Spicy Chicken Stir-Fry – this is my spicy chicken stir-fry recipe, or ayam paprik, a very popular and well-loved dish in Malaysia. Enjoy!
My college years in Kuala Lumpur (commonly known as “KL”), right after my high school and A-levels in Penang were one of the best times of my life.
It was during those years in KL that I met Mr. Rasa Malaysia, and formed precious and lasting friendships with some of my best friends.
Lots of beautiful memories, laughter, admirers (yep, I had lots of admirers in the college back then), and scrumptious foods.
At least once a week, after the tedious and boring lectures at the college, Mr. Rasa Malaysia and our best friends would descend to the Malay warung (Malay food stall) right outside of our college.
We would always order our favorite ayam paprik—a mouthwatering spicy chicken stir-fry, tom yum, and telur dadar (omelet), to go with the warm and fluffy steamed rice.
It was then that I fell in love with Malay cooking, or in this case, Thai-style Malay food.
There are many Malay warung dotting the streets of Malaysia—a simple set up with gas stoves, fresh ingredients, and 2-3 people manning the stall.
These Malay warung make everything fresh, or on orders placed by patrons.
One of the most popular rice plates is probably nasi paprik, a rice plate with a serving of ayam paprik or spicy chicken stir-fry.
The dishes served at these Malay warung are not “pure” Malay food, but Thai-influenced Malay food.
Many of the cooks learned their recipes from northern Malaysia, close to the borders of southern Thailand.
Here is my ayam paprik recipe. The word paprik is derived from Thai words “Pad Prik.”
I asked my friend She Simmers who is a Thai linguist/food blogger and she told me that “pad” means “fry” and “prik” means “chili.”
So this is my spicy chicken stir-fry recipe, or ayam paprik, a very popular and well-loved dish in Malaysia.
How Many Calories per Serving?
This recipe is only 321 calories per serving.
What Dishes to Serve with This Recipe?
For a wholesome meal and easy weeknight dinner, I recommend the following recipes.
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- 2 tablespoons oil
- 2 garlic, minced
- 2 tablespoons Thai roasted chili paste, nam prik phao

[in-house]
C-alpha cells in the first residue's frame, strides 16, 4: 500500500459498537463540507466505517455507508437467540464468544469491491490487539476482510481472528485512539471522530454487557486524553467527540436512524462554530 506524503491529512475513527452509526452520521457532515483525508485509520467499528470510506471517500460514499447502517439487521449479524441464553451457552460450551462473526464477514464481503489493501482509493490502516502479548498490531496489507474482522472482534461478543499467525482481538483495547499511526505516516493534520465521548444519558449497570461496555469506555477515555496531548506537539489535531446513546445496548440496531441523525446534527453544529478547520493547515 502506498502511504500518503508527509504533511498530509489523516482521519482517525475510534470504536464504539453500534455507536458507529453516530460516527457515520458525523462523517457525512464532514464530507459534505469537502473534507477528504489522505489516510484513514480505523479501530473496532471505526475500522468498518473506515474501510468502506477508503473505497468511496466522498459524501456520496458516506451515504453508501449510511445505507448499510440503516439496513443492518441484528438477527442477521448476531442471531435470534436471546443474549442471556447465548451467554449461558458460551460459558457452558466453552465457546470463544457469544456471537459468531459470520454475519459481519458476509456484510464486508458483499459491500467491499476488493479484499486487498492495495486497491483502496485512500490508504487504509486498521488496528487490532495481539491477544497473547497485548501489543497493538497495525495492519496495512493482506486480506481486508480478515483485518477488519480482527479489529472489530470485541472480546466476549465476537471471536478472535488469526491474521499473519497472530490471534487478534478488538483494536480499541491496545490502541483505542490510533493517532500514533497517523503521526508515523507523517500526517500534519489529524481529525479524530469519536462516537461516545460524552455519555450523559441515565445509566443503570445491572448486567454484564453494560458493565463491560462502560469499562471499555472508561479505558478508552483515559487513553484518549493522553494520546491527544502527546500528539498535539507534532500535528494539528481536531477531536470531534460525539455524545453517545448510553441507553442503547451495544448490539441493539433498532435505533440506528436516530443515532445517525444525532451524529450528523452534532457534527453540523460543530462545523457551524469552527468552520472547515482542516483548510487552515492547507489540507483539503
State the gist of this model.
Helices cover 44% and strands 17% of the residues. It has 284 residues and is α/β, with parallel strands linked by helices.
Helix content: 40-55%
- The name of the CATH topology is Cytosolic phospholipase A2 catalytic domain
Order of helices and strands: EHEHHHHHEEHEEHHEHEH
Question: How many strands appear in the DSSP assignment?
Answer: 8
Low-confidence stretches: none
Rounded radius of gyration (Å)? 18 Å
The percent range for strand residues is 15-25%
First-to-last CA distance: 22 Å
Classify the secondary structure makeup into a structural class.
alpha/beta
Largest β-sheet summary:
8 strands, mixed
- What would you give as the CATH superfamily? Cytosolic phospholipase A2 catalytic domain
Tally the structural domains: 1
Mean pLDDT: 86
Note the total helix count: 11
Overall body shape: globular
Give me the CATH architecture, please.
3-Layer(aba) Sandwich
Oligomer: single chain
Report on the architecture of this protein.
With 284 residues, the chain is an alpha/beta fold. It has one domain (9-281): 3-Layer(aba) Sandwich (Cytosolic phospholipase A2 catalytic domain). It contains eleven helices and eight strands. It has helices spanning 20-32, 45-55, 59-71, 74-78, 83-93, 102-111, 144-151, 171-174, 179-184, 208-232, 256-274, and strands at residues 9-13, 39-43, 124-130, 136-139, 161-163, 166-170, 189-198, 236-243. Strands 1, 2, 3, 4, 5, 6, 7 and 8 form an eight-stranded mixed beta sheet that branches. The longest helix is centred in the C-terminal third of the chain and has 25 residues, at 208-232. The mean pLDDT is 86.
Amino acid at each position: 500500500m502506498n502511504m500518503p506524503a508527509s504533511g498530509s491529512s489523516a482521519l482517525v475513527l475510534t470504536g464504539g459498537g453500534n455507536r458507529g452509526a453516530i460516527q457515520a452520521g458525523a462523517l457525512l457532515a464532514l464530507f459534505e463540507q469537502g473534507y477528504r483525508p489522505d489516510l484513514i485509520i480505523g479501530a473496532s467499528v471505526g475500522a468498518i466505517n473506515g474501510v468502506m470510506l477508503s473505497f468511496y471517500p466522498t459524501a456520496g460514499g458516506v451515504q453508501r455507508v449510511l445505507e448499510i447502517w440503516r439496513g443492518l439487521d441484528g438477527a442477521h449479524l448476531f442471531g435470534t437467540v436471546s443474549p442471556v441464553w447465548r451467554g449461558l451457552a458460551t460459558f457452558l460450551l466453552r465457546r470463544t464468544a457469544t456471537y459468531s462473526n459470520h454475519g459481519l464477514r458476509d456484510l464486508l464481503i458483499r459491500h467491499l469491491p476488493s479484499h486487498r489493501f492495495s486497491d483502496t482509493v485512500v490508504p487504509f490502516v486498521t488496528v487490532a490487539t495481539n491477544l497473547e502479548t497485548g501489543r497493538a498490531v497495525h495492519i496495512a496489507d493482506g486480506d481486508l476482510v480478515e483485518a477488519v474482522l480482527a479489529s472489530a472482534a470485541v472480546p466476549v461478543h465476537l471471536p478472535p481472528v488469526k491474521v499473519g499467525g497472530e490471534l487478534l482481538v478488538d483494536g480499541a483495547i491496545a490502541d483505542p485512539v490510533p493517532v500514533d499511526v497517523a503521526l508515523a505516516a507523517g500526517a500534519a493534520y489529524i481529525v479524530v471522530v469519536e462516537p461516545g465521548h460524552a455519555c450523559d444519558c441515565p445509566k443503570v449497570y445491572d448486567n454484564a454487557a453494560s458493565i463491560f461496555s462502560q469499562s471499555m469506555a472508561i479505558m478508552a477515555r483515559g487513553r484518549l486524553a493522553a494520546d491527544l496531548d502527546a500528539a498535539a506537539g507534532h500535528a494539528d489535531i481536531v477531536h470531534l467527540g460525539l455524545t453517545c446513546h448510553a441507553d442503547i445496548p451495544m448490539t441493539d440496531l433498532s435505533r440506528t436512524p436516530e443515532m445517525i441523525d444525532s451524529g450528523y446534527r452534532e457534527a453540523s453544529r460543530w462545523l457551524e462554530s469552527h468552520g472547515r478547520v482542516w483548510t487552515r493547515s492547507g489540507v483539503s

- 8 oz. (226 g) chicken breast, sliced into thin pieces
- 1/4 onion, cut into pieces
- 2 oz. (56 g) green beans, tips removed and cut into 2-inch strips
- 1/2 small carrot, peeled and sliced
- 1/4 green bell pepper, capsicum, deseeded and thinly sliced
- 1/4 red bell pepper or 1 red chili, deseeded and thinly sliced
- chilies, lightly pounded, optional
- 1 1/2 teaspoons sweet soy sauce, kecap manis
- 1 1/2 teaspoons fish sauce
- Heat up a wok on high heat and add the oil. Add the garlic into the wok and stir-fry until aromatic, follow by the Thai roasted chili paste or nam prik pao. Add the chicken and quickly stir fry, until the chicken is half cooked. Add the onion, green beans, carrot, green and red bell peppers, bird's eye chilies and stir to combine well with the chicken. Add the sweet soy sauce and fish sauce, stir to blend well. (If you want your chicken to be a little saucy, you can add two tablespoons of water now.) As soon as the chicken and all ingredients are cooked through, dish out and serve immediately with steamed rice.
Thai roasted chili paste or nam prik pao is a key ingredient in Thai cooking. You can purchase bottled nam prik pao from Asian supermarkets, Southeast Asian (Thai & Vietnamese) food stores, or online here. To make it from scratch, you can follow SheSimmer's recipe here. There are many variations of this recipe...you can use cauliflower or broccoli instead of green beans, you can also add fresh or canned young corns. The essence of the dish is in the sauce, not the vegetables used. This recipe is the version I like best.
Serving Size2 people
Amount Per Serving Calories 321Total Fat 17gSaturated Fat 12gUnsaturated Fat 0gCholesterol 73mgSodium 584mgCarbohydrates 17gFiber 2gSugar 8gProtein 26g